- 18 Oct 17
"It’s beautifully simple; he wrote and sang about classic American things," says Thomas...
I grew up in the ’70s and ’80s, so I was first exposed to Tom Petty through ‘American Girl’. It wasn’t hugely well known at the time, but that was my initial introduction. Then later I got into ‘Don’t Come Around Here No More’, and saw him on things like The Old Grey Whistle Test .
The use of the sitar on ‘Don’t Come Around Here No More’ made a huge impact on me, and the video was everywhere as well. At that point, I remember thinking, ‘Wow, this guy isn’t just a Springsteen clone, he’s not just doing rock.’ So for me that was the wow moment.
There was always that wonderful element of humour too. It’s why he was a brilliant Wilbury; he had the comic side. I mean, he even appeared on the final episode of The Larry Sanders Show. It’s always great when musicians appear on comedy shows, especially when they’re as good as The Larry Sanders Show.
That whole thing about the Confederate flag, it was a problem he addressed. He was very self-aware and always changing. Still, it was one of these characters contained in the songs – that was where it came from. People have to remember that a decade ago was a different era in terms of the thinking, nevermind how people understood a flag in the ’80s.
My favourite record of Tom Petty’s has to be Wildflowers, which I bought in Tallaght. It didn’t leave my CD player for a month. Working with Rick Rubin, the impact he had on the quality of the songs was remarkable. I’m not joking when I say the CD player broke.
Other records – Into The The Great Wide Open and Full Moon Fever – they were so huge that it can make you jaded. They’re wonderful, they’re beautiful, but when Wildflowers came out, it was the first real reaction I had to his sound. It was thick and fat, but the funny thing is when they went back to the classic sound 20 years later, Highway Companion pushes Wildflower aside as one of his greats.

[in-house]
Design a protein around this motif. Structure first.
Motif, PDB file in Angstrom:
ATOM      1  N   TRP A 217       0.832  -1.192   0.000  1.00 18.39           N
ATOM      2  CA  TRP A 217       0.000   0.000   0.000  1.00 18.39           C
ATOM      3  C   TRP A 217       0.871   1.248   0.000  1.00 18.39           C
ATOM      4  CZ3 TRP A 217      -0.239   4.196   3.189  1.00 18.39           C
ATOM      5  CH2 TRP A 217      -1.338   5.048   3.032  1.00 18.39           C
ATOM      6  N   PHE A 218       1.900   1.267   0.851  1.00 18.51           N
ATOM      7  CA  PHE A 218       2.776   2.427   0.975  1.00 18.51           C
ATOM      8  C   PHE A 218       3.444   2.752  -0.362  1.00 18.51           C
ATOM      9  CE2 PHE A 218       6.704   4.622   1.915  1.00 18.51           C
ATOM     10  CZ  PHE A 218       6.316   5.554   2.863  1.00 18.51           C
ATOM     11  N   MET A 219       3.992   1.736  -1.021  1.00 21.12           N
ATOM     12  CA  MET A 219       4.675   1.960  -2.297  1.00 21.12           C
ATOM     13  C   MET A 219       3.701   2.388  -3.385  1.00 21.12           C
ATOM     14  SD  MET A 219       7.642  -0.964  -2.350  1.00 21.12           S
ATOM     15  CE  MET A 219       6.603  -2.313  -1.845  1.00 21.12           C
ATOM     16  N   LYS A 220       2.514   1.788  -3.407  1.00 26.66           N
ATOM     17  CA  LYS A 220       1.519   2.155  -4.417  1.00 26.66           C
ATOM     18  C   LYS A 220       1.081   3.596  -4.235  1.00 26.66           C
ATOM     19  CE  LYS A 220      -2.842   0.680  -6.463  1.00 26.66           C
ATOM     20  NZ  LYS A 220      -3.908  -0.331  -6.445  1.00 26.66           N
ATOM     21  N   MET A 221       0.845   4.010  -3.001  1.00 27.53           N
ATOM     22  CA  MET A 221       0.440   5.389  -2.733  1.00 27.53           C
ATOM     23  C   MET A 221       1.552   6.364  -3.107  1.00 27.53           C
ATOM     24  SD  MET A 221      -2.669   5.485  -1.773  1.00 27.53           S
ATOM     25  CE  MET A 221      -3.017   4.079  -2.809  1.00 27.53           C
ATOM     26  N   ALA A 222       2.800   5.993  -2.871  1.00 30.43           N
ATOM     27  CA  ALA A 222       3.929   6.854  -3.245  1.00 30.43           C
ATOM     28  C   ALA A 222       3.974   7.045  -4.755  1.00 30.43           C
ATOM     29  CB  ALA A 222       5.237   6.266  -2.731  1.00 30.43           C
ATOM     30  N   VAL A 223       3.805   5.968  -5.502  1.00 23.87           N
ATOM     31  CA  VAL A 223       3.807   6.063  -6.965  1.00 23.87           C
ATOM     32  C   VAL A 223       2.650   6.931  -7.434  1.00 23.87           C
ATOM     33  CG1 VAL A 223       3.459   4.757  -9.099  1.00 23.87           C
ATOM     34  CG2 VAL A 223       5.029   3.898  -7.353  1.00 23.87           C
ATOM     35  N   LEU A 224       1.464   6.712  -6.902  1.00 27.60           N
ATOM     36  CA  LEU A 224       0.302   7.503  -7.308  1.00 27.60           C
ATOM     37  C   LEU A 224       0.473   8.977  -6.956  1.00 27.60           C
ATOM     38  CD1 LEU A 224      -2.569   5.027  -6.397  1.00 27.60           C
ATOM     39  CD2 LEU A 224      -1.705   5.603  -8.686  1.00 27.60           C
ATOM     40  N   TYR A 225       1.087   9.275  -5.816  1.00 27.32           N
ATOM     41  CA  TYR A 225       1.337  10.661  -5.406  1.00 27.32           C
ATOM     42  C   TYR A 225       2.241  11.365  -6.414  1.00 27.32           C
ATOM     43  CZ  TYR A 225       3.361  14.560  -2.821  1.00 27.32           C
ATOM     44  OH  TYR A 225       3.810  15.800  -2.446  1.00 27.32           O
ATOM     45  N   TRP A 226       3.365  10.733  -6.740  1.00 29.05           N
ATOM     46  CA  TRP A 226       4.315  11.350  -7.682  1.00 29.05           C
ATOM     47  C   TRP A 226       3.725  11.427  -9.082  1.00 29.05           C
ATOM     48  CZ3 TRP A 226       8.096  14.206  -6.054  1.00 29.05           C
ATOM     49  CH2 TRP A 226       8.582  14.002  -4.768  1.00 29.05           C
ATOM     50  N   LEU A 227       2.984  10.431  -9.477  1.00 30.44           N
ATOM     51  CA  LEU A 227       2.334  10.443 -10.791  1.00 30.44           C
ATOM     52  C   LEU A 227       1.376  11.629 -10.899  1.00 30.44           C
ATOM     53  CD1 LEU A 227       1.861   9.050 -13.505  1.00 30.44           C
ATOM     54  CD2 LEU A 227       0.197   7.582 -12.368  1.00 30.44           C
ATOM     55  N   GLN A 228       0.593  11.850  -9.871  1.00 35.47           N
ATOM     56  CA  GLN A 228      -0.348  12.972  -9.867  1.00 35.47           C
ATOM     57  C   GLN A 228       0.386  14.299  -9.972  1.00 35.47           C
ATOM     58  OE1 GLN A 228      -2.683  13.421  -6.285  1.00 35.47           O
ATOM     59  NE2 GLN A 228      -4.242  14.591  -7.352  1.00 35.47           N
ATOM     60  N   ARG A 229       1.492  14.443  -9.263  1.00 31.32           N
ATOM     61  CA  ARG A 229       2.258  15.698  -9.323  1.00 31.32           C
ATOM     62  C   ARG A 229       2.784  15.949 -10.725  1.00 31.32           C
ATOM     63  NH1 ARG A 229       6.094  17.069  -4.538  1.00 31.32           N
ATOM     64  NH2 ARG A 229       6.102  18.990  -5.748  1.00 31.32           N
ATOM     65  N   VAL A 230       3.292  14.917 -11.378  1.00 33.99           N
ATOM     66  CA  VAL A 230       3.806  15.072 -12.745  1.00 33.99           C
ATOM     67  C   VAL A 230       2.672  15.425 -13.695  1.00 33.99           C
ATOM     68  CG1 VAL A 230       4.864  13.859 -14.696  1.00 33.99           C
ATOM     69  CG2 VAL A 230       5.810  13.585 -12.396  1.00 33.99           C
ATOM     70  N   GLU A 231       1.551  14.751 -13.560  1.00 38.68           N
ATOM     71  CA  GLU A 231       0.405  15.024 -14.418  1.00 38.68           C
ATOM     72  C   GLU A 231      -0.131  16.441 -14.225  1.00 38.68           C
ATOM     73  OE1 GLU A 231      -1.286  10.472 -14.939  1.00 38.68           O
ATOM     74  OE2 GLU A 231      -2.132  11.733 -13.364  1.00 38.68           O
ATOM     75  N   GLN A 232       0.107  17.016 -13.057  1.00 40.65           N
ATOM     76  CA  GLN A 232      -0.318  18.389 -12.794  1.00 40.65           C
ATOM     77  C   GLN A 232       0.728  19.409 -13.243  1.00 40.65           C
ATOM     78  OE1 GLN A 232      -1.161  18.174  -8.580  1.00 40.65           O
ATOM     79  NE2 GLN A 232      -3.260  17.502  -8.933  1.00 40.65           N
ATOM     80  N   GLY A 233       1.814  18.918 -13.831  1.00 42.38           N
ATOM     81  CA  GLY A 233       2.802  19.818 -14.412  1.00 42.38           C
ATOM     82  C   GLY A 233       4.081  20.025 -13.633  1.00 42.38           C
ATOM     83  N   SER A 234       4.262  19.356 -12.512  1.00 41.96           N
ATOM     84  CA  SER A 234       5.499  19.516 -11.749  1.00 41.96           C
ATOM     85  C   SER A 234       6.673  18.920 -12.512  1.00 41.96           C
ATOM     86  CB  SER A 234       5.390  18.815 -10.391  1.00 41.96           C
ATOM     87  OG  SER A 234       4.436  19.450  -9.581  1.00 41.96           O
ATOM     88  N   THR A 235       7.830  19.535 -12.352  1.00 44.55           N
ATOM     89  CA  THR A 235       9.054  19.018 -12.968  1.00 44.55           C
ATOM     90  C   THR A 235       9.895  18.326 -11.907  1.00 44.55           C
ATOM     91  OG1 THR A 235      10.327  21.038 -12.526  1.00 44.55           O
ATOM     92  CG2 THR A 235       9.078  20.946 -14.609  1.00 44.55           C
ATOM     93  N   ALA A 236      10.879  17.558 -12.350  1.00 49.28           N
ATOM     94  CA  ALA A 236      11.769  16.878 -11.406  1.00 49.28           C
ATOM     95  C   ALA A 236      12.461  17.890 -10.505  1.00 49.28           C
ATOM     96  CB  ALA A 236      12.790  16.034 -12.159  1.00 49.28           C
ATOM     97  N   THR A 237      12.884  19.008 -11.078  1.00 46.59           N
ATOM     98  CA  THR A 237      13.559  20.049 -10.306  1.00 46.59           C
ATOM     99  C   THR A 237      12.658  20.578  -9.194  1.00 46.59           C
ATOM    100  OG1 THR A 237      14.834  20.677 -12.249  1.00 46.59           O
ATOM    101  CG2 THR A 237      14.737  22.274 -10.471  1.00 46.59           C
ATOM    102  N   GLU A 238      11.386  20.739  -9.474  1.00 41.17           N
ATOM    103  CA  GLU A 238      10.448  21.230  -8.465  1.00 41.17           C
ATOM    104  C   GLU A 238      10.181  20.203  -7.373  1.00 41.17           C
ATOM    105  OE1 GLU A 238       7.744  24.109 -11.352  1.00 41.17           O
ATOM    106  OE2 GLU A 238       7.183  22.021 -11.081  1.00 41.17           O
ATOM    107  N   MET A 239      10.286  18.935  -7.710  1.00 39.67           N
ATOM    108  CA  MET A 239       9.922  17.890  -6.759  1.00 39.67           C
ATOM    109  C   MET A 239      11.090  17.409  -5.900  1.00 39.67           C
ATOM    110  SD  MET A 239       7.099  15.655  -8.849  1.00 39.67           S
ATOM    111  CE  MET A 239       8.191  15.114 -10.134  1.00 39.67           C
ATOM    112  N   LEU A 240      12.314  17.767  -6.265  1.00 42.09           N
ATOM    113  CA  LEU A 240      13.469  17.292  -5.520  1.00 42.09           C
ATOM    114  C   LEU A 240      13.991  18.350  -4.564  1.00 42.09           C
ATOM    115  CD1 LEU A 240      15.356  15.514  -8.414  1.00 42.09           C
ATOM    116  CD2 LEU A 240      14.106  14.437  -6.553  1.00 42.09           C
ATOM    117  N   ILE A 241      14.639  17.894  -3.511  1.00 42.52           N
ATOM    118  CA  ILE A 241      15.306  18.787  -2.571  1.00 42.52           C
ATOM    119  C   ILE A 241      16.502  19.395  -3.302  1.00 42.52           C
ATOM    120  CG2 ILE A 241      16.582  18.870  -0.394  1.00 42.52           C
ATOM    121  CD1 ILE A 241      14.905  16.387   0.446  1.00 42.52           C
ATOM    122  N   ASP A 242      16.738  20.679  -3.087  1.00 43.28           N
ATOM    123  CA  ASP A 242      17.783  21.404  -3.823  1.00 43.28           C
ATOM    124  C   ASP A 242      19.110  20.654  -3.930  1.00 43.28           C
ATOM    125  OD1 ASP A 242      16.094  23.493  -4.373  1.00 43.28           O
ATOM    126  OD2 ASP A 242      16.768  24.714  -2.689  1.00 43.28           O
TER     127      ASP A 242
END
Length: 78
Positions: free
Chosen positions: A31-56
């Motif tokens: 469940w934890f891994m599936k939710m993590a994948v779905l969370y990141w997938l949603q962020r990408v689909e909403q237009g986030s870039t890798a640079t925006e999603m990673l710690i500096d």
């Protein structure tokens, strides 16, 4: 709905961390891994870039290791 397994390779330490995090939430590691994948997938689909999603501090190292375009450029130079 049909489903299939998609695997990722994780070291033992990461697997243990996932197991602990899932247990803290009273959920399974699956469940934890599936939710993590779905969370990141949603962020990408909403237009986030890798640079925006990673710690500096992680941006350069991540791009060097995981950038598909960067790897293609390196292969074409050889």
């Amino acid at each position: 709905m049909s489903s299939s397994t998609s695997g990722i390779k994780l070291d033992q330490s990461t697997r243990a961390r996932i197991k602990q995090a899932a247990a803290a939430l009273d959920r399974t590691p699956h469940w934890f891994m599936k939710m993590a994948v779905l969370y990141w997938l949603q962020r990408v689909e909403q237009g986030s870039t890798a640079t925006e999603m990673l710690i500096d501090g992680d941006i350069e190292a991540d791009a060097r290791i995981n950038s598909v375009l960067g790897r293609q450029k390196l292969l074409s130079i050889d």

It sounded good in 2006, but last year, I put it back on and it never left the CD player again. Wildflowers and Highway Companion are the two great representations of his work.
On a personal level, I’ve seen Jeff Lynne in LA. When I was in his big shed room, I was in awe, because it’s adorned with gold discs, but there’s a beautiful Highway Companion gold disc set on the stairs. That says a lot. To get that number of sales even 10 years ago is an achievement, especially at that point in his career.
It’s beautifully simple. He really wrote and sang about classic American things, driving on the road – it’s like an older version of his younger self driving down the highways, even with the visual accompaniment. I love it. He works so well when it’s not just straightforward American rock; he’s at his best when blending styles.